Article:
Please help

- tootsi123

Please help

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- tootsi123

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- tootsi123

@jim_thompson5910

- misty1212

HI!!

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## More answers

- misty1212

ready?

- tootsi123

yes

- misty1212

first the \(-2\) outside means a) flip everything, then
b) square it

- tootsi123

Okay

- misty1212

so first
\[\huge\frac{1}{\left(-3u^2v^3\right)^2}\]

- misty1212

then we need so square everything
that means square \(-3\) to get \(9\) and also double each exponent

- tootsi123

Okay but where did the 2 come from in the parenthesis

- misty1212

\[\huge\frac{1}{\left(-3u^3v^3\right)^2}=\frac{1}{9u^6v^6}\]

- misty1212

oh oops that was a typo

- tootsi123

Oh okay :) i'm following

- misty1212

should have been \[\huge\frac{1}{\left(-3u^3v^3\right)^2}\]

- misty1212

then square all
answer above is right though, looks like your choice A

- tootsi123

thank you :) okay there is another question like it... can i post it and tell you how i would do it and then you tell me if i am doing it right or not??

- misty1212

ok sure \[\color\magenta\heartsuit\]

- tootsi123

So i would flip it first right

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- misty1212

no not here

- misty1212

the reason we flipped before was because there was a \(-2\) outside the parentheses

- tootsi123

Oh okay so then i wouldn't flip it i would leave it the same

- misty1212

there is only one choice here that makes sense
take a look you have
\[\huge\frac{x^4}{x^{-5}}\] right?

- misty1212

the \(-5\) in the deominator means bring it up to the numerator as \(+5\) so
\[\frac{x^4}{x^{-5}}=x^4\times x^5=x^{4+5}=x^9\]

- misty1212

only one choice as \(x^9\) in it so we dont really need to do the rest

- tootsi123

so i take the two common ones and add them

- misty1212

yeah you want to do it all?

- tootsi123

Yes please cause i have a lot more questions like this and i want to make sure i understand them

- misty1212

ok lets take it slow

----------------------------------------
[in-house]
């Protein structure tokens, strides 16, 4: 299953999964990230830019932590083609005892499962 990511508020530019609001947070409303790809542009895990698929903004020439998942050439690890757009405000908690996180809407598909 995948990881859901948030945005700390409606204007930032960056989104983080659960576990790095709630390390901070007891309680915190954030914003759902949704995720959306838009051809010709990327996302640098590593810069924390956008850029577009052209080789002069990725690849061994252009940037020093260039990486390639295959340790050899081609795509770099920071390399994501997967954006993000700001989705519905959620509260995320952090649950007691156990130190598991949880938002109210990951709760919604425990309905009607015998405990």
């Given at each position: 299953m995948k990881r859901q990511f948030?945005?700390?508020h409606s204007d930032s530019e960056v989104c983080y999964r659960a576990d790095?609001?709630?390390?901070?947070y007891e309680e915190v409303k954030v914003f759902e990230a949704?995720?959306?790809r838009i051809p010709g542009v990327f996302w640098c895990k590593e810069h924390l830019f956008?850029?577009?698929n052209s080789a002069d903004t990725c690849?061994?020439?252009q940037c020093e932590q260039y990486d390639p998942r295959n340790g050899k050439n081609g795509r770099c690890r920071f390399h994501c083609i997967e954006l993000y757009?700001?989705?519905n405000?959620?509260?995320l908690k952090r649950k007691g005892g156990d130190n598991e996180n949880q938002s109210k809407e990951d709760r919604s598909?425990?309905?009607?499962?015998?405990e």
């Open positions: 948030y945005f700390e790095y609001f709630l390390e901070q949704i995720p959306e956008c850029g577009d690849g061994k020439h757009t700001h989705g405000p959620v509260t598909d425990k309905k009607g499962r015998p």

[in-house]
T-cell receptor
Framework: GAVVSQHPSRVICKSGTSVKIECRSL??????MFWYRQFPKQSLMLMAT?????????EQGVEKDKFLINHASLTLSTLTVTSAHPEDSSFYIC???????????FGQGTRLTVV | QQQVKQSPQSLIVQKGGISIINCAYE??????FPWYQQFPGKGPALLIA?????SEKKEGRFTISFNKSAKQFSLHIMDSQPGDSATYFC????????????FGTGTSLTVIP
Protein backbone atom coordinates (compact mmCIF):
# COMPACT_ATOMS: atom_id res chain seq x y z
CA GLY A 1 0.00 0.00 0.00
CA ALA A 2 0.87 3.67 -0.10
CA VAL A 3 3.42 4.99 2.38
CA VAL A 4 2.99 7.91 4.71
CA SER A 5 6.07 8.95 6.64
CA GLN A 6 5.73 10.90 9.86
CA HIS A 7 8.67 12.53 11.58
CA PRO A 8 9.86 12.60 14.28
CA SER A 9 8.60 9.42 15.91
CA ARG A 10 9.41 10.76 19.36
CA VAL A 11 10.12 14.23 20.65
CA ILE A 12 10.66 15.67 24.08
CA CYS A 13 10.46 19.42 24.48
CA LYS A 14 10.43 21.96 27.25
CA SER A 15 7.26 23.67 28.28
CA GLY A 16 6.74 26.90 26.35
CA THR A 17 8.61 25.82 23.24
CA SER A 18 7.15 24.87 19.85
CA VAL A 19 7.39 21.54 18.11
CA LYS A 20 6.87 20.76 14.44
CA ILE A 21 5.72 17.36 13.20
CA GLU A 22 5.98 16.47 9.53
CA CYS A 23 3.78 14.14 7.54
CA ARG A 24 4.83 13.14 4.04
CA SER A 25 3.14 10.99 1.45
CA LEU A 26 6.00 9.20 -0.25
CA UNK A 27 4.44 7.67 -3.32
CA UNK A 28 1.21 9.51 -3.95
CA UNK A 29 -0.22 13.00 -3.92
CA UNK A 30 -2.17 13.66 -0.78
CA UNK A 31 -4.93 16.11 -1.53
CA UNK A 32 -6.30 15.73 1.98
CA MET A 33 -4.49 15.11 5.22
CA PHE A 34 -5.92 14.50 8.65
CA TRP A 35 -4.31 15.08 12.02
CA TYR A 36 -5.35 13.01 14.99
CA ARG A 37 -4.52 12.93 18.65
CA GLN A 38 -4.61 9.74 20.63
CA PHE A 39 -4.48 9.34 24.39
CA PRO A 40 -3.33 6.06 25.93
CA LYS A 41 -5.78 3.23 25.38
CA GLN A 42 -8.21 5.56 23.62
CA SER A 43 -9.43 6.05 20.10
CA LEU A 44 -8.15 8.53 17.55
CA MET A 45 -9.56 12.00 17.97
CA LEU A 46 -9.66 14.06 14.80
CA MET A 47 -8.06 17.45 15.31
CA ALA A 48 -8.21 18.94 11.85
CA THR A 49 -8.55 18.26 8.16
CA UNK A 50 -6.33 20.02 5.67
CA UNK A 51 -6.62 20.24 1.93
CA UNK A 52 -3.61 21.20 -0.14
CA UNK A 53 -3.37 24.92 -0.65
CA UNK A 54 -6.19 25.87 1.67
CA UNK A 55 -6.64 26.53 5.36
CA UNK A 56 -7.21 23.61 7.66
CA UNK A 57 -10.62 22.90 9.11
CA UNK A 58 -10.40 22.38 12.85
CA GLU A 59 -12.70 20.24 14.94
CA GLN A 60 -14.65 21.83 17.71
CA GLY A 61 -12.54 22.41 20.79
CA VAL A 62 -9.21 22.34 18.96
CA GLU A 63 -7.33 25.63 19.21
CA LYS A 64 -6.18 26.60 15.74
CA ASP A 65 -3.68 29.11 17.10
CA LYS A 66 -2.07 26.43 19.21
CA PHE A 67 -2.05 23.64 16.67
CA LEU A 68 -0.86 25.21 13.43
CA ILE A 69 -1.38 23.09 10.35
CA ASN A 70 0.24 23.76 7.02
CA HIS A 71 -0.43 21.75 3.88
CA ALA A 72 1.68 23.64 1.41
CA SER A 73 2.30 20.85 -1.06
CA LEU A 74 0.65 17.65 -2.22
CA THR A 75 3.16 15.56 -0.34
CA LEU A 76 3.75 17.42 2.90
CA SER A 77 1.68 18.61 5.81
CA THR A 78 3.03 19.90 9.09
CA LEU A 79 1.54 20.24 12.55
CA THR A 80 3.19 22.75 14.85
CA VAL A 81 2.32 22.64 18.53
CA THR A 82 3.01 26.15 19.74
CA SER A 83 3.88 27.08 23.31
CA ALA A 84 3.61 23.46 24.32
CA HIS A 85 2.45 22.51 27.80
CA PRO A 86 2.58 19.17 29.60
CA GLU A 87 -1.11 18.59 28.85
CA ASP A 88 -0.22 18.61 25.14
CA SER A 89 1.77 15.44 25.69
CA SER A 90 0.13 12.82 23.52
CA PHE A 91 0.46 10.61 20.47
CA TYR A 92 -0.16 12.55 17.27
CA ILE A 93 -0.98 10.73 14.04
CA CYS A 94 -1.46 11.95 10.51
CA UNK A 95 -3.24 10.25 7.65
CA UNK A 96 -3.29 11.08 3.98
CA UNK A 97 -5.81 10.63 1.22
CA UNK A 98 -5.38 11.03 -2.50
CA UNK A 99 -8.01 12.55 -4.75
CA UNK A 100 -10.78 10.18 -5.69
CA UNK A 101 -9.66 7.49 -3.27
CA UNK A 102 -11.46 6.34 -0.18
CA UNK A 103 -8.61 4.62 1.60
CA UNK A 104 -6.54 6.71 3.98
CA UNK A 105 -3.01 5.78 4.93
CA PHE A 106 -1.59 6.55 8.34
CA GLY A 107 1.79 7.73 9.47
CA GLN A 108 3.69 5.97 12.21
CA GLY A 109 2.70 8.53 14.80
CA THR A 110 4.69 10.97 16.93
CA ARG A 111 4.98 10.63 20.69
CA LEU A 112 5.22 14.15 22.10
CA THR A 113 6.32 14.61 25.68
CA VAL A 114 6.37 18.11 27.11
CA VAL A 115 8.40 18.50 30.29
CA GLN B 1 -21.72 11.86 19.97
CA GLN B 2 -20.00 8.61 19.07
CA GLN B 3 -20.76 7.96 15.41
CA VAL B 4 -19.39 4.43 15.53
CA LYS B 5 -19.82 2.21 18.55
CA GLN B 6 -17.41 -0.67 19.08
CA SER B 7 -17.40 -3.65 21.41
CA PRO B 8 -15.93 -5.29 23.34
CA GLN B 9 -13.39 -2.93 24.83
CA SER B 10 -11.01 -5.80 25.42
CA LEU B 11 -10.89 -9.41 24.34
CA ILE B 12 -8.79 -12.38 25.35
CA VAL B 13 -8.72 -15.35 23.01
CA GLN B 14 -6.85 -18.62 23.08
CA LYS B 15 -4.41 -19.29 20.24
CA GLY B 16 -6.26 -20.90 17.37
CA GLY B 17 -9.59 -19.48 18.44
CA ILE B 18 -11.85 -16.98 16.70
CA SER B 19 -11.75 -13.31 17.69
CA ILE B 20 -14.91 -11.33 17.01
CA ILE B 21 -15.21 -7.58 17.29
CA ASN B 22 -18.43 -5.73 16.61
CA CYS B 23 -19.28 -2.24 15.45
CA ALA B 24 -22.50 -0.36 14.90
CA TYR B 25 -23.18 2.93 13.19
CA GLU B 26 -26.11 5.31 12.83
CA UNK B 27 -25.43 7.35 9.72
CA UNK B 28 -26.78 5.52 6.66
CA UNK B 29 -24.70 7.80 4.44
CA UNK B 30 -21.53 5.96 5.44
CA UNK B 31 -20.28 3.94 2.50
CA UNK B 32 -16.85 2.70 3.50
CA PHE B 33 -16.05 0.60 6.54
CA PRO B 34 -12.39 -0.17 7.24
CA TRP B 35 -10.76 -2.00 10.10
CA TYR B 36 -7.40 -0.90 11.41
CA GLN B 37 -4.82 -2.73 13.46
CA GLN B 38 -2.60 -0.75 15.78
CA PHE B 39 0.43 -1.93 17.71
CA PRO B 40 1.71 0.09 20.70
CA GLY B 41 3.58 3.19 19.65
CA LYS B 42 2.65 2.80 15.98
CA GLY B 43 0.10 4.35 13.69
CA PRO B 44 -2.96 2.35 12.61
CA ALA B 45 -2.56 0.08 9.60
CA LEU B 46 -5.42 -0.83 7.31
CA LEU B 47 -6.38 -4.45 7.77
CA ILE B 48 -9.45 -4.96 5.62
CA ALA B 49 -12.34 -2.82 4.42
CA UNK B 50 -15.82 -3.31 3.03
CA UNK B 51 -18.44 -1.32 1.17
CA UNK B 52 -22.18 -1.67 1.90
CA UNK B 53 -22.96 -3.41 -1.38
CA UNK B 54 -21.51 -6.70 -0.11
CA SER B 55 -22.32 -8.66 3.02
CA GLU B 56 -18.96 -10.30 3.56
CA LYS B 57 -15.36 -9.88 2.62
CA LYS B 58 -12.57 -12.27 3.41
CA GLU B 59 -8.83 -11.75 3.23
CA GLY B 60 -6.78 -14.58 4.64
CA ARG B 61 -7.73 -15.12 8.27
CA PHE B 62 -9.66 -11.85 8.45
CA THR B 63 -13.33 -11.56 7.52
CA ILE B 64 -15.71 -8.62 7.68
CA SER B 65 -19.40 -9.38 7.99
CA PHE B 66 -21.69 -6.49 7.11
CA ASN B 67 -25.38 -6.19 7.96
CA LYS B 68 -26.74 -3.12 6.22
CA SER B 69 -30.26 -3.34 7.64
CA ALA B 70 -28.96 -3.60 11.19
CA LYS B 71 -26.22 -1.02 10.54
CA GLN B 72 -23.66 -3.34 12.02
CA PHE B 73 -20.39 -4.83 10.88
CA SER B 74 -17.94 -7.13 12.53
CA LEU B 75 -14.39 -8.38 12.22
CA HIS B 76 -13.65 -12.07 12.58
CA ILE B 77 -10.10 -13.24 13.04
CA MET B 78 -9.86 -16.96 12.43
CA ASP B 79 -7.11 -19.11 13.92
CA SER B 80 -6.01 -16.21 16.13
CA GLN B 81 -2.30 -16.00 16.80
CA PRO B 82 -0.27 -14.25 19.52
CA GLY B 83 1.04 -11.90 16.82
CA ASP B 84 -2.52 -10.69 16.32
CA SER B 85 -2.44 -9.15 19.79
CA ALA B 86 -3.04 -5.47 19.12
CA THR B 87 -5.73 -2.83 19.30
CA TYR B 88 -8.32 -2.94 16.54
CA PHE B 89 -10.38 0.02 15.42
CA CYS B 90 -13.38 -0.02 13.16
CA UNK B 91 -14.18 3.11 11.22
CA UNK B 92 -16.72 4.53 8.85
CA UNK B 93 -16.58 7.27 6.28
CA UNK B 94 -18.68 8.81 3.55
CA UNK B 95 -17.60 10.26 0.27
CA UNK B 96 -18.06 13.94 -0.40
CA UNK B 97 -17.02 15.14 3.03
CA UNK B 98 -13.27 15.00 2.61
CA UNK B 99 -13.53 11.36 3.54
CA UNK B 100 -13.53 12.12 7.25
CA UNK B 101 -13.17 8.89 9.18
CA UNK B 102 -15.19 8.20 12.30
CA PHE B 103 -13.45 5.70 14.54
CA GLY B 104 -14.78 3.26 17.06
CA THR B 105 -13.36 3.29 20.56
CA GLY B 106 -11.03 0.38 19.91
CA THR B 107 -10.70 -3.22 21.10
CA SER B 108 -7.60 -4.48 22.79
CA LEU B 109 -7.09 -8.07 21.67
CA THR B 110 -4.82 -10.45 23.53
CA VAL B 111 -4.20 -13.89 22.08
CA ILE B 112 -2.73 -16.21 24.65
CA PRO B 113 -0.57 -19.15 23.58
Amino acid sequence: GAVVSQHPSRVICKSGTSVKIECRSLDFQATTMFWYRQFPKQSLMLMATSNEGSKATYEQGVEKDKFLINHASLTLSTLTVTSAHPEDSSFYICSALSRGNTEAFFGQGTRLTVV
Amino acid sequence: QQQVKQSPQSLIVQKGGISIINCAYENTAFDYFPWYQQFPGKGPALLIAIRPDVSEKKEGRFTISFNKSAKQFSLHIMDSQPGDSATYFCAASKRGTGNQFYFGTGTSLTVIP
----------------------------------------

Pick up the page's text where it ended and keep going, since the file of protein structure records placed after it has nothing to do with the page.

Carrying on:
- misty1212

first off, unlike the last one there is no parentheses anywheres, so it is somewhat easier

- misty1212

you have a minus sign out front
that stays there

- misty1212

you also have \[\frac{2}{4}\] which is the same as \(\frac{1}{2}\) so there will be a 2 in the denominator

- tootsi123

Okay

- misty1212

as for the x terms, you have \[\frac{x^4}{x^{-5}}\] the \(-5\) has a minus sign, so that comes upstairs as \(x^5\) which is why you get \[\frac{x^4}{x^{-5}}=x^4\times x^5=x^9\]

- tootsi123

Alright

- misty1212

and for \[\frac{y^2}{y^5}\] the 5 is bigger than the 2, so subtract 2 from 5 in the denominator \[\frac{y^2}{y^5}=\frac{1}{y^{5-2}}=\frac{1}{y^3}\]

- misty1212

so in total,
a) there is a - sign out front
b) there is a 2 in the denominator
c) there is a \(x^9\) in the numerator and
d) a \(y^3\) in the denominator

- tootsi123

Okay so which ever number is bigger you use that to decide whether or not you add or subtract and whether or not it says on the top or the bottom, am i right?

- misty1212

yes more or less

- misty1212

if the exponent is negative
a) if it is up bring it down
b) if it is down bring it up

- misty1212

if both terms have positive exponents, subtract the smaller one from the bigger one

- misty1212

here is an example
\[\frac{x^7}{x^{-3}}=x^{10}\] wheras
\[\frac{x^4}{x^{10}}=\frac{1}{x^6}\]

- tootsi123

Okay that makes a little more since now

- misty1212

whew

- tootsi123

Thanks

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